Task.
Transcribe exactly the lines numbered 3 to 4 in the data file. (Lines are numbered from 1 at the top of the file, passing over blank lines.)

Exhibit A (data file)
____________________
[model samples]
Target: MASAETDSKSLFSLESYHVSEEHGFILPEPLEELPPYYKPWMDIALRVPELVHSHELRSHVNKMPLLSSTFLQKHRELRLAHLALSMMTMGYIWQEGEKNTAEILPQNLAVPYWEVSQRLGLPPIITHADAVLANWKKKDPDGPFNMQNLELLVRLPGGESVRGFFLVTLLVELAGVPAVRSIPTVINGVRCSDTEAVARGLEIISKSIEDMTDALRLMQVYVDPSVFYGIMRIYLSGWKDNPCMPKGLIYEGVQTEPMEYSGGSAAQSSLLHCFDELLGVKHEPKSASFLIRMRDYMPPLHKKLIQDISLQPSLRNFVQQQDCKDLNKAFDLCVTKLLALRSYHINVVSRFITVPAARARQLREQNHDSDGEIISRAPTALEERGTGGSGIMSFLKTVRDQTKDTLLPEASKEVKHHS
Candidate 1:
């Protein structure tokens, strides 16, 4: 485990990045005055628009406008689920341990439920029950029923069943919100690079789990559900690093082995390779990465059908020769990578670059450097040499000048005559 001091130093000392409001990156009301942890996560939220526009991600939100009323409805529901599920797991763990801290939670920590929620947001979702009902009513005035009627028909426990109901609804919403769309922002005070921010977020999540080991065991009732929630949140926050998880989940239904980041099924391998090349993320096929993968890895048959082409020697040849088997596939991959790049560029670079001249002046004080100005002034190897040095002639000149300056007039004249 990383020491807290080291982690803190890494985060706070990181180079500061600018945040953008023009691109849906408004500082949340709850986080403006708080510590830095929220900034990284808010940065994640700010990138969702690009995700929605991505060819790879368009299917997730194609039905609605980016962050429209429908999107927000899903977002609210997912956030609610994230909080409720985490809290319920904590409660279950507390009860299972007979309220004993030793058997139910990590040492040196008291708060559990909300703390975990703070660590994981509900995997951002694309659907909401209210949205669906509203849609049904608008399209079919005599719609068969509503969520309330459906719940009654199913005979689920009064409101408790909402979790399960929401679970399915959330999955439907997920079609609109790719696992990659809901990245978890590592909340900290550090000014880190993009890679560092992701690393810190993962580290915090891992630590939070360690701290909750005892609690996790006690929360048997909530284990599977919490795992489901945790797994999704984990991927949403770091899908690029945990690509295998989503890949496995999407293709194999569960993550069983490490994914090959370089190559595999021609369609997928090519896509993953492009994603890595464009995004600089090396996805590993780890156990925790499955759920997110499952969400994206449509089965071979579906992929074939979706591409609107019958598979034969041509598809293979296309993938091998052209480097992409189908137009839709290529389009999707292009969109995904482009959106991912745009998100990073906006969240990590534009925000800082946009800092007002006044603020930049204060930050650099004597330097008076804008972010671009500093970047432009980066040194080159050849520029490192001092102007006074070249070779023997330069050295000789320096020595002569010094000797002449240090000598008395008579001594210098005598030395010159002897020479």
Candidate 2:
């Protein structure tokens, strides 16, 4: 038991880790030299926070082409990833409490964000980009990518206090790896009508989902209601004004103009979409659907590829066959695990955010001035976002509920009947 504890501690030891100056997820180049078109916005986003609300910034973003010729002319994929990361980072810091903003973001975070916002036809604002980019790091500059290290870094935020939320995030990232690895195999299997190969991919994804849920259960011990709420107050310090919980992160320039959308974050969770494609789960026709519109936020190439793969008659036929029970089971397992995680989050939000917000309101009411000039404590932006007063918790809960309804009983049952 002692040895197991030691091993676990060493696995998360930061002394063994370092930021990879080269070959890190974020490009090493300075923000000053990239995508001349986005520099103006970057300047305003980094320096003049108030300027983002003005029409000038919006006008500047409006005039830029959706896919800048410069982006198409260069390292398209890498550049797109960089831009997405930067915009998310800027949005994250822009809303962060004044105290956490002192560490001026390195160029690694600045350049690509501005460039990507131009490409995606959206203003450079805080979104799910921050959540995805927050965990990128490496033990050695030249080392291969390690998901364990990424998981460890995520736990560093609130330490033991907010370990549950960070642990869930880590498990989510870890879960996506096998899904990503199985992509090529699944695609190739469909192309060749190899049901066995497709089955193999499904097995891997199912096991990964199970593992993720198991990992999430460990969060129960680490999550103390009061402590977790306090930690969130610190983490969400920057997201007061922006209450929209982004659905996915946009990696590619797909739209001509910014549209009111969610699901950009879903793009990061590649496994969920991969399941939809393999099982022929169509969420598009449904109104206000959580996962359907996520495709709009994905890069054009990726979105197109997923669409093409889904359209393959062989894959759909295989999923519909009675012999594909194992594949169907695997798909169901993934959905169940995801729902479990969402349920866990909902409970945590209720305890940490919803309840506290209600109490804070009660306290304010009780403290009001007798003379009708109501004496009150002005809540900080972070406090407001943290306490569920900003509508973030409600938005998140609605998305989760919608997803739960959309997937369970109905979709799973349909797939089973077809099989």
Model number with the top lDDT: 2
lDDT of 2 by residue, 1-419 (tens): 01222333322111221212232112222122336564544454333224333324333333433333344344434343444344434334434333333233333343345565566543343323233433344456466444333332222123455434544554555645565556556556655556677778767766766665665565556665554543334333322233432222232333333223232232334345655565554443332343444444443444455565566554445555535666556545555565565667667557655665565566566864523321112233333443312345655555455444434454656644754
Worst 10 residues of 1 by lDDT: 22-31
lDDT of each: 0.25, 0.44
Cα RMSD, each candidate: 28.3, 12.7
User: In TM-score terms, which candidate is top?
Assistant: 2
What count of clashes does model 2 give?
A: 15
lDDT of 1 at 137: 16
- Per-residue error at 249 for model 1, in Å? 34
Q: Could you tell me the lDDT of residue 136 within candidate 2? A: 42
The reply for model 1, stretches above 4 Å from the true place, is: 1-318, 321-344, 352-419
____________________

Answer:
Candidate 1:
């Protein structure tokens, strides 16, 4: 485990990045005055628009406008689920341990439920029950029923069943919100690079789990559900690093082995390779990465059908020769990578670059450097040499000048005559 001091130093000392409001990156009301942890996560939220526009991600939100009323409805529901599920797991763990801290939670920590929620947001979702009902009513005035009627028909426990109901609804919403769309922002005070921010977020999540080991065991009732929630949140926050998880989940239904980041099924391998090349993320096929993968890895048959082409020697040849088997596939991959790049560029670079001249002046004080100005002034190897040095002639000149300056007039004249 990383020491807290080291982690803190890494985060706070990181180079500061600018945040953008023009691109849906408004500082949340709850986080403006708080510590830095929220900034990284808010940065994640700010990138969702690009995700929605991505060819790879368009299917997730194609039905609605980016962050429209429908999107927000899903977002609210997912956030609610994230909080409720985490809290319920904590409660279950507390009860299972007979309220004993030793058997139910990590040492040196008291708060559990909300703390975990703070660590994981509900995997951002694309659907909401209210949205669906509203849609049904608008399209079919005599719609068969509503969520309330459906719940009654199913005979689920009064409101408790909402979790399960929401679970399915959330999955439907997920079609609109790719696992990659809901990245978890590592909340900290550090000014880190993009890679560092992701690393810190993962580290915090891992630590939070360690701290909750005892609690996790006690929360048997909530284990599977919490795992489901945790797994999704984990991927949403770091899908690029945990690509295998989503890949496995999407293709194999569960993550069983490490994914090959370089190559595999021609369609997928090519896509993953492009994603890595464009995004600089090396996805590993780890156990925790499955759920997110499952969400994206449509089965071979579906992929074939979706591409609107019958598979034969041509598809293979296309993938091998052209480097992409189908137009839709290529389009999707292009969109995904482009959106991912745009998100990073906006969240990590534009925000800082946009800092007002006044603020930049204060930050650099004597330097008076804008972010671009500093970047432009980066040194080159050849520029490192001092102007006074070249070779023997330069050295000789320096020595002569010094000797002449240090000598008395008579001594210098005598030395010159002897020479």